Towards the end of August one of my colleagues suggested we do The Bloody Long Walk. A few others agreed & I also got roped into it. The Bloody Long Walk is a 35km challenge to cure Mitochondrial Disease, a debilitating genetic disorder that robs the body’s cells of energy, causing multiple organ dysfunction or failure & potentially death.
The walk starts at the iconic Victoria Park football ground in Abbotsford, follows the main Yarra trail to Crown Casino, continues down alongside the tram tracks to Port Melbourne & concludes at North Road Reserve in Brighton.

The Bloody Long Walk training

We started our training in September, aiming to increase the kilometres with each training session. Since we started, the team has done around 80 kilometres, & I have personally done over 100 kilometres.

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We have trained at the Royal Botanic Gardens in Cranbourne, Casey Fields in Cranbourne, Peninsula Link around Frankston & walked several parts of the route.

The Bloody Long Walk

Another of our colleagues was nice enough to pick me & some others up at the crack of dawn to be there for our start time of 7:40am. I was expecting to finish around 4pm, but it later turned out that my calculations were wrong as I was hoping do it in 7 hours (at 5km/h for 35km), with about 20 minutes allowed for breaks therefore should have finished around 3pm.

The scenery throughout the entire walk was magnificent & it was nice to see some parts of the course we hadn’t already trained at. The first 8 or so kilometers had quite a few steep inclines that we weren’t really expecting. We knew there were some at the start but didn’t realise how many, or how grueling they would be.

There were check points roughly every 5 kilometres, which had bananas, oranges & water. I took full advantage of the food here as I was rationing the food I bought from home.

Half Way


We were lucky to have a spare car driving around to meet us at different points with our bags so we didn’t have to carry anything. I had a bum bag with my phone, camera, a protein bar & a water bottle. The car also had an eski with fresh cold water.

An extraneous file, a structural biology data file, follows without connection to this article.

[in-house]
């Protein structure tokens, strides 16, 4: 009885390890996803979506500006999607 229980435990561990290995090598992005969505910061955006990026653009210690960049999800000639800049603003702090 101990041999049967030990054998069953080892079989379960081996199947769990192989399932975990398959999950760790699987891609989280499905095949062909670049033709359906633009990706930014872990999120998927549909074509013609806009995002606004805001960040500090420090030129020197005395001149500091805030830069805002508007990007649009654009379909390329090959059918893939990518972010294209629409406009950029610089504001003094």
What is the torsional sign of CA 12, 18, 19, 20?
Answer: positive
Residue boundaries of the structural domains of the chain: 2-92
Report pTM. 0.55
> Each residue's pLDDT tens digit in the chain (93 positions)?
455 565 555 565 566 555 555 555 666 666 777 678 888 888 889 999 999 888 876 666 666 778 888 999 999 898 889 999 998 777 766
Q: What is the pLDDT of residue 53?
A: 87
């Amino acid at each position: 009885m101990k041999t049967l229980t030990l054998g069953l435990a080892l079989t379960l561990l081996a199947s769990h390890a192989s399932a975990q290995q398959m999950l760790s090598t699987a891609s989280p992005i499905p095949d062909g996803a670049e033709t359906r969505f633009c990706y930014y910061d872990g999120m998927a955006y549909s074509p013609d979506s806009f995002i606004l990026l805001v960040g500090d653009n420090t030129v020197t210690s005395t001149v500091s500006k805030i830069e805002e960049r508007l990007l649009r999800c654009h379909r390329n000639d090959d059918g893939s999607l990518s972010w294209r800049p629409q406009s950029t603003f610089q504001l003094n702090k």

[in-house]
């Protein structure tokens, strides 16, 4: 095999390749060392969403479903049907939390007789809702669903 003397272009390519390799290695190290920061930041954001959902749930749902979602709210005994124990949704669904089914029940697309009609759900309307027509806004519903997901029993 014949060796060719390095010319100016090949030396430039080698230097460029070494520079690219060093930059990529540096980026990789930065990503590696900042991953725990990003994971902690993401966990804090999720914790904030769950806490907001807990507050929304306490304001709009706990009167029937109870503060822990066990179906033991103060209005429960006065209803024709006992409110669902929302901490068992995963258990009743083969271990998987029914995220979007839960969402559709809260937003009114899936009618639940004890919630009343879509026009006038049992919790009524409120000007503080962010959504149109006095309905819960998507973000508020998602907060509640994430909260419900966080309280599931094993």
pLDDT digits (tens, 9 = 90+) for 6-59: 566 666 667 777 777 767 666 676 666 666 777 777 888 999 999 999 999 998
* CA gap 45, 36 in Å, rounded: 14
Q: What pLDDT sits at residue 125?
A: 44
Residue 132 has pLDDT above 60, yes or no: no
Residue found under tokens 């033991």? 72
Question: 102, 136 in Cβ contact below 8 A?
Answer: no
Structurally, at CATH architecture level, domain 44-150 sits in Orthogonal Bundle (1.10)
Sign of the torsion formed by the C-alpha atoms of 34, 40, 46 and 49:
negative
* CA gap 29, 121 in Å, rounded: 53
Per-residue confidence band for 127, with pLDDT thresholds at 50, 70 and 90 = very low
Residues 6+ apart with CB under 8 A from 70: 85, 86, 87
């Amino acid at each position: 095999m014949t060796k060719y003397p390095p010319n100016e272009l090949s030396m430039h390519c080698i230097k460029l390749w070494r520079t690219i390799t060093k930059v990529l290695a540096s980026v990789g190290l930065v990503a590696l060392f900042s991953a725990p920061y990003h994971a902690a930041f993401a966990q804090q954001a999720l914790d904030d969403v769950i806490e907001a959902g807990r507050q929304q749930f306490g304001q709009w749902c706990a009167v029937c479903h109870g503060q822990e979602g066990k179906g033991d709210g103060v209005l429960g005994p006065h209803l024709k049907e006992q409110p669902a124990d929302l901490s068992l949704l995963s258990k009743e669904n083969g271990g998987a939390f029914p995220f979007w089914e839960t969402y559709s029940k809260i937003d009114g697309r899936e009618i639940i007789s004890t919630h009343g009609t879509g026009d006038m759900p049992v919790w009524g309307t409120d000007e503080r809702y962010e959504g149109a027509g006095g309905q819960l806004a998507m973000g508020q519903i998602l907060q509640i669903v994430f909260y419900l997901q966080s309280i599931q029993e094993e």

I changed my socks at about half way & was surprised at how much it seemed to help. I was a smart & taped my feet in the morning before I even left the house. A wide piece across my heel because that was where I had been having issues during training. I also put some on the outside of my big & little toes as they rub a little bit sometimes. Finally I put some across the ball of my foot, right up to the bottom of my toes.


Once we got to the beach at Port Melbourne I knew we only had about 10 kilometres to go. I will admit the last 3 were the absolute hardest. I found I was walking on my own as we all seemed to be going at a different pace. Although I spent most of the walk at the back of our group I was in the middle for the last stretch. Towards the end my hips where incredibly sore (my guess is from the bum bag, I had a lot of relief once I took it off), I was trying to keep my breathing steady to avoid a panic attack all while trying not to cry with all the emotions & feelings I was experiencing.

The Finish Line

We crossed the finish line as a team & I was so happy to see my husband waiting for me after all I had been through. When I hugged him at the end & said I was going to kill Tania (the colleague that convinced me to participate), I was about to cry but managed to turn it into a bit of a laugh. It would have been quite embarrassing if I did cry but I’m sure I would not have been the only one.

I had a very hot bath when I got home & went to be at about 8pm. I slept like a baby. I’m not as sore as I was expecting to be today but I am very sun burned. My poor virgin white skin on my legs got an awful beating especially along the beach with the wind. Hopefully it calms down soon & isn’t too uncomfortable.

Would I do it again?

The Bloody Long Walk is not something I want to do again. During training I joked that I might do a marathon next, after all it’s only an additional 7 kilometres. That is certainly a funny joke now.

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